the power of thinking well or ill, approving or disapproving of the actions of those whom they live amongit, and converse with: And by this approbation and dislike, they establish among themselves what they will call Virtue and Vice.
$11. That this is the common measure of virtue and vice, will appear to any one who considers, that though that passes for vice in one country, which is counted a virtue, or at least not vice in another, yet every where virtue and praise, vice and blame go together. Virtue is every where that which is thought praise-worthy; and nothing else but that which has the allowance of public esteem, is called Virtue*. Virtue and praise are so united, that they
• Our autbor, in bis prefuce to tbe fourth edition, taking notice how apt mer Wave been to mistike bim, added what bere follows : Of this the ingenious author of the Difcou-se concerning the Nature of Man has given me a late instance, to mention no other: For the civility of his expressions, and the candour that belongs to his order, forbid me to think, that he would have closed his preface with an infinuation, as if in what I had said, Book 11. Chap. 28. concerning the third rule which men refer their actions co, I went about to make virtue vice, and vice virtue, unless he had mistaken my meaning, which he could not have done, if he had but given himself the trouble to consider what the argument was I was then upon, and what was the chief design of that chapter, plainly enough fet down in the fourth section, and those following: For I was there not laying down moral rules, but showing the original and nature o moral ideas, and enumerating the rules men make use of in moral relations, whether those rules were true or false; and pursuant thereun10, I tell what has every where that denomination, which in the language of that place answers to virtue and vice in ours, which alters not the nature of things, though men do generally judge of, and denominate their actions according to the esteem and fashion of the place, or sect they are of.
If he had been at the pains to reflect on what I had said, B. 1.6. 3. $ 18. and in this present chapter, § 13, 14, 15, and 20. he would have known what I think of the eternal and unalterable nature of right and wrong, and what I call viriue and vice; and if he had observed, that in the place he quotes, I only report, as matter of fact, what others call qirtue and vice, he would not have found it liable to any great exception: For I think I am not much out in saying, that one of the rules made use of in the world for a ground or measure of a moral relation, is that esteem and reputation which several sorts of actions find variously in the several forieties of men, according to which they are called virtues or vices; and whatever authority the learned Mr. Lowde places in his Old Englijf Dictionary, I dare say it no where tells him (if I should
are called often by the same nanie. Sunt fua præmia laudi, says Virgil, and so Cicero, Nihil babet natura præftantius, quam honeslutem, quam laudem, quam dignitatem,
appeal to it) that the same action is not in credit, called and counted a virtue in one place, which being in disrepute, pastes for and under the name of vice in another. The taking notice that men bestow the names of virtue and vice according to this rule of reputation, is all i have done, or can be laid to my charge to have done, towards making vice virtut, and virtue vice : But the good man docs well, and as becomes his calling, to be watchful in such points, and to take the alarm, even at expreilions, which standing alone by themselves might sound ill, and be suspected.
It is to this zeal, allowable in his function, that I forgive his citing, as he does these words of mine, in § 11. of this chapter: Tbe extorta. tions of inspired brachers have not feared to appeal to common repule ; whatscever things are lovely, whatsoever things are of good report, if there be any virtue, if ibere be any praise, &c. Phil. iv. 8. without taking notice of those immediately preceding, which introduce them, run thus: W bereby in tbe cor. ruption of manners, ibe true boundaries of the law of nature, wbicb ought to be the rule of virtue and vice, were pretty well preferved, so that even the exbortations of inffired reacbers, &c. By which words, and the rest of that fcction, it is plain that I brought that passage of St. Paul, not to prove that the general nieasure of what men call virtue and vice, throughout the world, was the reputation and fashion of each particular fociety within itself; but to show, that though it were so, yet, for reasons I there give, mien, in that way of denominating their actions, did not for the most part much vary from the law of nature; which is that standing and unalterable rule, by which they onght to judge of the moral re&itude and pravity of their actions, and accordingly denominate them virtues or vices : Had Mr. Lowde considered this, he would have found it little to his purpose, to have quoted that paffage in a sense I used it Rot; and would, I imagine, have spared the explication he subjoins to it, as not very necessary : But I hope this second edition will give him satisfaction in the point, and that this matter is now so exprefied, as to Mow him there was no cause of scruple.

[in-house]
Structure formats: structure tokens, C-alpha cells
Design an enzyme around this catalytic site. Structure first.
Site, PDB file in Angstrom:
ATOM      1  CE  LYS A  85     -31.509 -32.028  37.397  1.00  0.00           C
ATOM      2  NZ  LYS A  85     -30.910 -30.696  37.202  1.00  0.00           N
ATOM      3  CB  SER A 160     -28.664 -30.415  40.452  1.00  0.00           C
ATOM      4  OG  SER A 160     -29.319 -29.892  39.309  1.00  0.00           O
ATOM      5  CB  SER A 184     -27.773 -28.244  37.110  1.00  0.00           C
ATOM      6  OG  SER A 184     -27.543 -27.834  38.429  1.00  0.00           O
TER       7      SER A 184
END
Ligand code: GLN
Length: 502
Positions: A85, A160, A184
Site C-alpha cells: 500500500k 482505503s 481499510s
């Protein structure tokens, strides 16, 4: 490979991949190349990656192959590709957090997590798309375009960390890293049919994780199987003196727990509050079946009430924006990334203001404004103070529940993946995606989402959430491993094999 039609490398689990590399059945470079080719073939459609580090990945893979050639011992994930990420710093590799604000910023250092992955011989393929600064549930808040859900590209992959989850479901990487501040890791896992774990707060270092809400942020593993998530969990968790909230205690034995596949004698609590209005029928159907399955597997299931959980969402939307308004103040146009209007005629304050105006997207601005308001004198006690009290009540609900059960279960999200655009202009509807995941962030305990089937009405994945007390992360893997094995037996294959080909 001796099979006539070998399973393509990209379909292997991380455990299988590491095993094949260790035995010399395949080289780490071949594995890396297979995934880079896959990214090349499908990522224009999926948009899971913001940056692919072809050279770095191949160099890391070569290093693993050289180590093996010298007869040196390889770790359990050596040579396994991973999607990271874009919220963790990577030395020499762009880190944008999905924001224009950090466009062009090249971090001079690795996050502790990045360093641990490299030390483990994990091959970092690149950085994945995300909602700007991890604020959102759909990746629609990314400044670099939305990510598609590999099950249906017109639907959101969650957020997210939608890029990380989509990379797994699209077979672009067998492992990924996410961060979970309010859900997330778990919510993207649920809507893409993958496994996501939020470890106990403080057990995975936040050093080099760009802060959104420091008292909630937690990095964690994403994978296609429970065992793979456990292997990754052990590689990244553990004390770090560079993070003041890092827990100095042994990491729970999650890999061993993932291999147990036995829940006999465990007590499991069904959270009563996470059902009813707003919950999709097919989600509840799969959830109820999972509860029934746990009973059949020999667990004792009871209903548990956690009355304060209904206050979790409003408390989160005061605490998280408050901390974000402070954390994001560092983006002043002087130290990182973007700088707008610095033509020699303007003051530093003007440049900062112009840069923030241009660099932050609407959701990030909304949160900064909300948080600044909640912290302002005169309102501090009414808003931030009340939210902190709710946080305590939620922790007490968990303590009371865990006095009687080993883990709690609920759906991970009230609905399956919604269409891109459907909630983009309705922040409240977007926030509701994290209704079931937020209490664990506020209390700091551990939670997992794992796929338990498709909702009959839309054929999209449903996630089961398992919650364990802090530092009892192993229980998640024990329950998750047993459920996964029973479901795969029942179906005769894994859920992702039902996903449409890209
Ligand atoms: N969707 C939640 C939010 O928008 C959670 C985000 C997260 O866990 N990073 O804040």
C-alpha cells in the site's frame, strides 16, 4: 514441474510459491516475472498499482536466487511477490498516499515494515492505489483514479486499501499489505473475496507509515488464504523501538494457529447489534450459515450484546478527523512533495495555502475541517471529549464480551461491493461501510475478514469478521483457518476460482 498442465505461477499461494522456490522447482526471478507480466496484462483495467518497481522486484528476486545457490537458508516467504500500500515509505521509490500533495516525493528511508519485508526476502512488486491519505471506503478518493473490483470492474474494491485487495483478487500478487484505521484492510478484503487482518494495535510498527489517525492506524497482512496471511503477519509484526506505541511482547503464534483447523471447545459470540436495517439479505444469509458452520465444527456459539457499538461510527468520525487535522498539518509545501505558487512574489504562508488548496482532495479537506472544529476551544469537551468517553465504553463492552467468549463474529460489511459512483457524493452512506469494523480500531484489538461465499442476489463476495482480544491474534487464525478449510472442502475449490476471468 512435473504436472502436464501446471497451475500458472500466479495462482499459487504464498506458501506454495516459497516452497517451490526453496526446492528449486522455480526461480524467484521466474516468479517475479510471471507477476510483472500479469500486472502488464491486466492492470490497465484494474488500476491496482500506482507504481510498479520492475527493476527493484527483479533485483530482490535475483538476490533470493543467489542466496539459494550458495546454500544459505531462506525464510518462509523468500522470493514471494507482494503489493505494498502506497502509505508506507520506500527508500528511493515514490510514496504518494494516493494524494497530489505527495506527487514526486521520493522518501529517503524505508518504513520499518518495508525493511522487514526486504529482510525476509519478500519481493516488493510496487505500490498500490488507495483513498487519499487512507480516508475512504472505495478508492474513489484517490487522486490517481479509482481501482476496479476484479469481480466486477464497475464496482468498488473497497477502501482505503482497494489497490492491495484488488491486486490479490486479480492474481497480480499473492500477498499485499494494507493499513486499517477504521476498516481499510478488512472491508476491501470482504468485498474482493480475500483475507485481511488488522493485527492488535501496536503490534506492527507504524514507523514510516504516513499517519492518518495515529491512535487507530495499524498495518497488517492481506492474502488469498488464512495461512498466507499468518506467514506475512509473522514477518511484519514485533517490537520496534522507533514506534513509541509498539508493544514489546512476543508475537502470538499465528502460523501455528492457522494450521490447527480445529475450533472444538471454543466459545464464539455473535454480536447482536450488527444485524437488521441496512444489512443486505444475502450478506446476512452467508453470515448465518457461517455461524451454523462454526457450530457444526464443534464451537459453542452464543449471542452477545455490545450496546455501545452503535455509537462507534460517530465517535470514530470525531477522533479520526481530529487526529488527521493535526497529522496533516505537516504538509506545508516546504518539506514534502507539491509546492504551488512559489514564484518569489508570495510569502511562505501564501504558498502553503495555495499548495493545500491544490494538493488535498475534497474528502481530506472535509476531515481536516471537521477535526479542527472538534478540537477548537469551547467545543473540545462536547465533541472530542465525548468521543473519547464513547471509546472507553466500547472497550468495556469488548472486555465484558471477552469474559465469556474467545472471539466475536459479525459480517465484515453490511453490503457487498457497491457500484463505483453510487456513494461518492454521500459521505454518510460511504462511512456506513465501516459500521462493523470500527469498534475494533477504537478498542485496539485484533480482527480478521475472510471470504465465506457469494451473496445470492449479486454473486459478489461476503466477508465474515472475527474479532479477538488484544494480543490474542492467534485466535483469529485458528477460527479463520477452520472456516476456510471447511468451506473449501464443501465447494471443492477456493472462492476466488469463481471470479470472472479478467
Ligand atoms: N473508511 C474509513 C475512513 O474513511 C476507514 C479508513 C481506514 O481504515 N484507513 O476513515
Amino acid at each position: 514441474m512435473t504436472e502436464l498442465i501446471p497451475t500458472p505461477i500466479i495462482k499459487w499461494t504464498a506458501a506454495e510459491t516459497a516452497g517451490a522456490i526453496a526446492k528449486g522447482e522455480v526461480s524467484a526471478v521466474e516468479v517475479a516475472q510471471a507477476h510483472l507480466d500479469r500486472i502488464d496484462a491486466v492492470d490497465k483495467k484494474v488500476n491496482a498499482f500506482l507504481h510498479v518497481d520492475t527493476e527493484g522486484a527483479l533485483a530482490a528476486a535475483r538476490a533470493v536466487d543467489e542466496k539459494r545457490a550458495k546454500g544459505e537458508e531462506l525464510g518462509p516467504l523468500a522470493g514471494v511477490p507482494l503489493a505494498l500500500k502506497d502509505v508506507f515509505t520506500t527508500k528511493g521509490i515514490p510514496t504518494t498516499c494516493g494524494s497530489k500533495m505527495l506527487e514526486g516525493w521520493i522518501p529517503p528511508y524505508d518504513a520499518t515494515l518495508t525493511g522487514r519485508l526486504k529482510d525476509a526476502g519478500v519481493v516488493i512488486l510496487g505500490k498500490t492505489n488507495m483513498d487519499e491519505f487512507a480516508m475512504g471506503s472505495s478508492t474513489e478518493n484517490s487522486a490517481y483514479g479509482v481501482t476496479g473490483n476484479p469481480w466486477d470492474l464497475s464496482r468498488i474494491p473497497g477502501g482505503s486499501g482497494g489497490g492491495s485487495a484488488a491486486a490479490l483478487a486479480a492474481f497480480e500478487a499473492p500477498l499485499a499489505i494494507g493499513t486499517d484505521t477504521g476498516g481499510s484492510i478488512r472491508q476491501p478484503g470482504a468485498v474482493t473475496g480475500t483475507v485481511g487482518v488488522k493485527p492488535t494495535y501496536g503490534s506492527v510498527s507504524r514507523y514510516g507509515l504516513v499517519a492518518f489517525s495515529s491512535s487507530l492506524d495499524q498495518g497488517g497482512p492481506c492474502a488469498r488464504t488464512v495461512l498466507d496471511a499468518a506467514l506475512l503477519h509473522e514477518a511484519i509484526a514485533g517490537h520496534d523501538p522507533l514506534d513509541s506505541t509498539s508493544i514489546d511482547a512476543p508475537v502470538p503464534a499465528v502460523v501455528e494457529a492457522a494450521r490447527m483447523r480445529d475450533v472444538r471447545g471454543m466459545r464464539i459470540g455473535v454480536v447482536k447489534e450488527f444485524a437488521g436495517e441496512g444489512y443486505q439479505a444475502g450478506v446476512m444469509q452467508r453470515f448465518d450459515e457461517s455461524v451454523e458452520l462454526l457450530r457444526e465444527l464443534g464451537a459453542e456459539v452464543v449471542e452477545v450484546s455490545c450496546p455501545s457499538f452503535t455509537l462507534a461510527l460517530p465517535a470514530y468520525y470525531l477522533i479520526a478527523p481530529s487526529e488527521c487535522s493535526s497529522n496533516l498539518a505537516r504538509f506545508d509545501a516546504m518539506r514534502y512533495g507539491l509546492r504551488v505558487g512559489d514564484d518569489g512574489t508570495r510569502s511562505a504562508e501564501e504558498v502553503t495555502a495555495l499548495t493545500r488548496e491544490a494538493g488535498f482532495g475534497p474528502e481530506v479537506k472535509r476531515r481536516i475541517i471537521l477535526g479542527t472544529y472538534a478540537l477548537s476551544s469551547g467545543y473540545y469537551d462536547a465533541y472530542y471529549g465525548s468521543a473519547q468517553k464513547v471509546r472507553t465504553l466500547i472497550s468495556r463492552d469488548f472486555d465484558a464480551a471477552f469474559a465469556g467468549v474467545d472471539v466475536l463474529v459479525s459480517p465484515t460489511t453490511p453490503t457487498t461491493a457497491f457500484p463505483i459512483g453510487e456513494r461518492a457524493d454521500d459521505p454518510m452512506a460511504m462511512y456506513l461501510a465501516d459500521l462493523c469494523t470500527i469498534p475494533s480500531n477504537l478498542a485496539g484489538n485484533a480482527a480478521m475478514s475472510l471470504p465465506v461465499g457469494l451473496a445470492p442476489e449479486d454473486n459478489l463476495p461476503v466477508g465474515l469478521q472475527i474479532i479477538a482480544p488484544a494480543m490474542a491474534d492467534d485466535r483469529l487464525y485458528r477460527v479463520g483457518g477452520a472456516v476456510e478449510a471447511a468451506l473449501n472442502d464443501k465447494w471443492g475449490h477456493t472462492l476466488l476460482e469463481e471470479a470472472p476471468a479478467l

Though I am forced to differ from him in those apprehensions he has exprefied in the latter end of his preface, concerning what I had said about virtue and vice, yet we are better agreed than he thinks, in what he says in his third chapter, p. ;8. concerning natural infiription and innate notions. I shall not deny him the privilege he claims, p. 52. to state the question as he pleafes, especially when he states it so as to leave nothing in it contrary to what I have said : For, according to him, innate notions being conditional things, depending upon the concurrence of Several otber circumstances, in crder to the foul's exerting tbem ; all that he says for innate, imprinted, impressed notion's (sor of innate ideas he says nothing at all) amounts at last only to this, that there are certain propositions, which though the soul from the beginning, or when a man is born, does not know, yet by alifiance from ibe outward fenfes, and ibe belp of some previous cultivation, it may afterwards come certainly to know the truth of; which is no more than what I have affirmed in my firft book : For I suppose, by the foul's exerting then, he means its bc